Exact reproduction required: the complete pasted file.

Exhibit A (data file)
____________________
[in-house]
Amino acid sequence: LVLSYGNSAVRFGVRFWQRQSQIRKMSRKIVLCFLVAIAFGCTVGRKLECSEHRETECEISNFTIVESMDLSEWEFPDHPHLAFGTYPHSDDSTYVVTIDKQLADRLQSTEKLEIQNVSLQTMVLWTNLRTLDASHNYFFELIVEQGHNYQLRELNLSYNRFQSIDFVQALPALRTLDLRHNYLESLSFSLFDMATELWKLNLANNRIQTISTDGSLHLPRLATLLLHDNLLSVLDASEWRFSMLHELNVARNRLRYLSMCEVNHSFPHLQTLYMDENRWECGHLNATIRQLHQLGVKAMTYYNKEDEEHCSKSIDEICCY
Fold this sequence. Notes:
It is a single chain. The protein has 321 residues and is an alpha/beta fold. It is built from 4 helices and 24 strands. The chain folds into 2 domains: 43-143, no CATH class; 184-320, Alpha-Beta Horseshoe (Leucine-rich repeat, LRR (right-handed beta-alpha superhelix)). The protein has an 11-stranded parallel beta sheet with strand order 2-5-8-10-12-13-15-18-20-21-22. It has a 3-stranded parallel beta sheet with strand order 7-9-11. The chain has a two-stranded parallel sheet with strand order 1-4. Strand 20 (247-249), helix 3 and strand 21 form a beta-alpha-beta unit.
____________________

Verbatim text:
[in-house]
Amino acid sequence: LVLSYGNSAVRFGVRFWQRQSQIRKMSRKIVLCFLVAIAFGCTVGRKLECSEHRETECEISNFTIVESMDLSEWEFPDHPHLAFGTYPHSDDSTYVVTIDKQLADRLQSTEKLEIQNVSLQTMVLWTNLRTLDASHNYFFELIVEQGHNYQLRELNLSYNRFQSIDFVQALPALRTLDLRHNYLESLSFSLFDMATELWKLNLANNRIQTISTDGSLHLPRLATLLLHDNLLSVLDASEWRFSMLHELNVARNRLRYLSMCEVNHSFPHLQTLYMDENRWECGHLNATIRQLHQLGVKAMTYYNKEDEEHCSKSIDEICCY
Fold this sequence. Notes:
It is a single chain. The protein has 321 residues and is an alpha/beta fold. It is built from 4 helices and 24 strands. The chain folds into 2 domains: 43-143, no CATH class; 184-320, Alpha-Beta Horseshoe (Leucine-rich repeat, LRR (right-handed beta-alpha superhelix)). The protein has an 11-stranded parallel beta sheet with strand order 2-5-8-10-12-13-15-18-20-21-22. It has a 3-stranded parallel beta sheet with strand order 7-9-11. The chain has a two-stranded parallel sheet with strand order 1-4. Strand 20 (247-249), helix 3 and strand 21 form a beta-alpha-beta unit.